conservation. In the 1990s, he worked in Cuba, using Chinese models to help Cuba set
up a system to funnel pig manure into growing porcine food on farms after the
Russians cut off exports of pig feed.
Meanwhile, the worlds most populous nation scaled up a model used in farms.
Originally used to keep humans from doing their business in pig troughs, today 40
million farm homes across China have a holding tank for human and animal waste that
is partly sanitized by depriving the solids of oxygen. Whats left is then converted to
liquid fertilizer for the farms.
Whats happening in Beijing is an industrialized, scaled-up version of that model, said
Mang, who has lived in the capital for a decade. Across the city, which has seen its
population double to 21 million in the past decade, the average annual amount of
human waste processed will increase by 200 to 300 tons a day, said Zhang Jiang,
general manager of Beijing Century Green Environmental Engineering & Technology
Ltd., which operates night-soil treatment plants. Treating waste is set to be a growing
area of business, Zhang said.

Overwhelming Odor
Other parts of the world are also making an effort to harness energy from fecal sludge.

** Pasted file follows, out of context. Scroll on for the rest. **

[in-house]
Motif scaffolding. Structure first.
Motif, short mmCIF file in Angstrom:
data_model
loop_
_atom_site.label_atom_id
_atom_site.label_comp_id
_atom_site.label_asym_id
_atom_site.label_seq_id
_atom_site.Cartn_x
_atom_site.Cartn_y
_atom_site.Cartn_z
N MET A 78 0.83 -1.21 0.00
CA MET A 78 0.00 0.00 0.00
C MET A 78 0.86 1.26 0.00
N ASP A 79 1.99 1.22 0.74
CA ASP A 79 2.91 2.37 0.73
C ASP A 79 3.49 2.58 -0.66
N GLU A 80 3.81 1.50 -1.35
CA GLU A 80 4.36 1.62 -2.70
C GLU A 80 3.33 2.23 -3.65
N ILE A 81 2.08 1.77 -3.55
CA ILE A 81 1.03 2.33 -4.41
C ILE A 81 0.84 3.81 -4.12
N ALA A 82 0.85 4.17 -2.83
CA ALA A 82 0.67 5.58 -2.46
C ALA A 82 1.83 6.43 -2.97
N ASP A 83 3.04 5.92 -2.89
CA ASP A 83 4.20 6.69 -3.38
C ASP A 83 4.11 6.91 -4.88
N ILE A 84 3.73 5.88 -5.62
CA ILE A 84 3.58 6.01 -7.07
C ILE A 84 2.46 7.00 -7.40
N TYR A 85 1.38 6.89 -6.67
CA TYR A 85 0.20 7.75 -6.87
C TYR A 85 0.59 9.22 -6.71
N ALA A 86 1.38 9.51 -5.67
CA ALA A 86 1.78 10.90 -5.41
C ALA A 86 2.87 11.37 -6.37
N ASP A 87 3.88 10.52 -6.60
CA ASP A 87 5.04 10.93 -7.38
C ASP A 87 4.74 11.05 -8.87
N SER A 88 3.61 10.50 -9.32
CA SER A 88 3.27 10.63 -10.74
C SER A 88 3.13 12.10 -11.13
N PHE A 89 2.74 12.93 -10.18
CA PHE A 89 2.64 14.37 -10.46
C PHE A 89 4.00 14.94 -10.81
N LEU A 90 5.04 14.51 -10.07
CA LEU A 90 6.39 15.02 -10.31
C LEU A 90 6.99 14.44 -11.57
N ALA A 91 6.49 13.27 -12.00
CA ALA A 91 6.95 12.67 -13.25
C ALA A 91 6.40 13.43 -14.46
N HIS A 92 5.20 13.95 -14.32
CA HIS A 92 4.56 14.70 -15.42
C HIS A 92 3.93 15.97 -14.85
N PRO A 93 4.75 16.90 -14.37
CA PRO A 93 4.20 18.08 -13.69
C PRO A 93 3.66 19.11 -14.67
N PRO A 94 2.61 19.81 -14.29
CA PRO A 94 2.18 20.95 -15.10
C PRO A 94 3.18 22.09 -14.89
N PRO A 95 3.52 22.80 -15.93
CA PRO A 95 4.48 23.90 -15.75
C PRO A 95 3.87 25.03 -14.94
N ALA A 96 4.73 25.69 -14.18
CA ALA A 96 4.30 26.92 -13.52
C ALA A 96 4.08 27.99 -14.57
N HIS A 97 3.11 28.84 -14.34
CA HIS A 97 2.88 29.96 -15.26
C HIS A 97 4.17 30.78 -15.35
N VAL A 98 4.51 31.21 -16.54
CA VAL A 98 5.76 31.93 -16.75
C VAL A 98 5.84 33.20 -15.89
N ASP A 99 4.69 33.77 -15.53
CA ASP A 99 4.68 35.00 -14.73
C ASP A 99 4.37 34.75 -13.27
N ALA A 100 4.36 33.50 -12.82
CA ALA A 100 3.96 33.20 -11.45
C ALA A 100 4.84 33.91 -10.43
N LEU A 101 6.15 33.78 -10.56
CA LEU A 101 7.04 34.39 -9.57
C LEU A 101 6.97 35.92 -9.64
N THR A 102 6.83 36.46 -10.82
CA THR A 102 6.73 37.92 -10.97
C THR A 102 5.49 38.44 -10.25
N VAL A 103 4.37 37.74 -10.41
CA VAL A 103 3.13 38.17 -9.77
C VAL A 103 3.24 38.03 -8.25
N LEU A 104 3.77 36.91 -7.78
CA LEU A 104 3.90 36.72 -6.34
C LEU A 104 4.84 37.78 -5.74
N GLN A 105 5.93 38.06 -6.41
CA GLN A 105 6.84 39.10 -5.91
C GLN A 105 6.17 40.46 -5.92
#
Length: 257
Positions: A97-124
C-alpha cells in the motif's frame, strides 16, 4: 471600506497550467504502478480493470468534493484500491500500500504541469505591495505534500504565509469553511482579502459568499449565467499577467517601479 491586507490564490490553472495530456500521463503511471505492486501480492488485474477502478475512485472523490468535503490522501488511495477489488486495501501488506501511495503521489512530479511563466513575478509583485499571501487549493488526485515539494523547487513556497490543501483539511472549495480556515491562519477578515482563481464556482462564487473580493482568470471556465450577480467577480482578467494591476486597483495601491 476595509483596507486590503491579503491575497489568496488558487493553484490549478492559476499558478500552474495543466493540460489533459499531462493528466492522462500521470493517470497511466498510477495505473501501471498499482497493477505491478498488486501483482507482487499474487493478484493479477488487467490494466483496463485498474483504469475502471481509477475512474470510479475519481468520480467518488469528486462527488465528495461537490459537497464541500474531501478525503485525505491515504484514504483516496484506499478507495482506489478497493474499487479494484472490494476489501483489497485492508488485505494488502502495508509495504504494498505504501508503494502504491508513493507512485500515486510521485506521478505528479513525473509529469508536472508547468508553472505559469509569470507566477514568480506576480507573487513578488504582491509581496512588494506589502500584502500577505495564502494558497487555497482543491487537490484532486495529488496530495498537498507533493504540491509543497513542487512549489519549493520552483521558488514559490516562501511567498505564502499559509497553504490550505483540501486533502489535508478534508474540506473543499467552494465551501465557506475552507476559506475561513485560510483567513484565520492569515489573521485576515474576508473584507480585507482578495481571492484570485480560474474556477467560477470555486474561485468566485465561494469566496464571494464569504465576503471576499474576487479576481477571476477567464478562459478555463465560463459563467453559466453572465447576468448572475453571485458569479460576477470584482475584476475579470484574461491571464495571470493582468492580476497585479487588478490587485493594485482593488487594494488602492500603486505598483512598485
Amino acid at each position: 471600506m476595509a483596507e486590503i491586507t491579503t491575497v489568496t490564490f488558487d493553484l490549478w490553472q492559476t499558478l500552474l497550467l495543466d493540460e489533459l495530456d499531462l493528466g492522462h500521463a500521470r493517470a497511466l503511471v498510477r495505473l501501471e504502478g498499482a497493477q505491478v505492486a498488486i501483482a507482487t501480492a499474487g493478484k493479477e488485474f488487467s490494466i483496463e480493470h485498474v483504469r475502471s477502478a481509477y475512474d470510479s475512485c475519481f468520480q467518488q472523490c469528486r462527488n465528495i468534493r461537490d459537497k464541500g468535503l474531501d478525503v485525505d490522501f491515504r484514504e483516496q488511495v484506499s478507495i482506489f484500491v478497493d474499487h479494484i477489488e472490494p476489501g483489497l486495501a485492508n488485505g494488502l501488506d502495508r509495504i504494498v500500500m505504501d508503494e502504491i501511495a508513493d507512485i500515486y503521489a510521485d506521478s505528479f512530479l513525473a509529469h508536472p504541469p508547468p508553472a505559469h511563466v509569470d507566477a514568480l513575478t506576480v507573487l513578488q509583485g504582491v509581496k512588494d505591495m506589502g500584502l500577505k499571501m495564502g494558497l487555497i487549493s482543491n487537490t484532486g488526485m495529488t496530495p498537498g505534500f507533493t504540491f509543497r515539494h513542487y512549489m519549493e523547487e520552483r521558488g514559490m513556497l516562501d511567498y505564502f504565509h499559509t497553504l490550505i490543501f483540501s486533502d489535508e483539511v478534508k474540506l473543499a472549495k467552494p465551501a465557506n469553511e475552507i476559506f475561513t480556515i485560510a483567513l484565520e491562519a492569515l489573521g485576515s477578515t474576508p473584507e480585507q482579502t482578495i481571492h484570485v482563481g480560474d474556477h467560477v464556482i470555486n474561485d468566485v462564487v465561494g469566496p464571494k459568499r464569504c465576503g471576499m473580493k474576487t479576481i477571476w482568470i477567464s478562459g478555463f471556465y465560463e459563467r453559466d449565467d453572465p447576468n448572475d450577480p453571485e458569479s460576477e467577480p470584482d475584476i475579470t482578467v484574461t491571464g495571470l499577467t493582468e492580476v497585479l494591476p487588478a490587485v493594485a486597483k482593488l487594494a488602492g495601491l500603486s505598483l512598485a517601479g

In recent years, the Bill & Melinda Gates Foundation invested $1.5 million in a project
to explore biodiesel production from human waste in Ghana. Its also investing in
family-level biogas units or septic tanks that process human waste in Thailand and
On a recent Wednesday, Mang took a group of visiting sanitation researchers and
students to visit some of Beijings private plants. Processing at one named Sijiqing
or four seasons green begins on the ground floor of a two-story, red-tiled building.
The odor of human excrement in the air gives away its true purpose: some 200 trucks
unload 800 tons of fecal sludge every day.

Compost Wing
A bright yellow truck parked inside channels the human waste through a pipe into a
machine, where unrecyclable solid material like tissue paper and plastic bags is

separated, explained Zhang Hui, the plants manager.

The rest then goes for separation: the solid waste is propelled into a compost wing to
ferment at 60 degrees Celsius for 10 days. The process kills harmful bacteria and
ascaris eggs parasitic roundworms that infect humans and turns the excrement
into rich fertilizers for trees and vegetables. The liquid material is routed into tanks to
generate biogas, and eventually pumped to bigger water-treatment plants. Phone calls
to the Beijing mayors office and the city commission in charge of environmental
sanitation management werent answered.

Infection Barrier
Born into a fruit-farming family near Frankfurt, Mangs father earned additional
income as a truck driver, often transporting manure and straw. As a baby, Mangs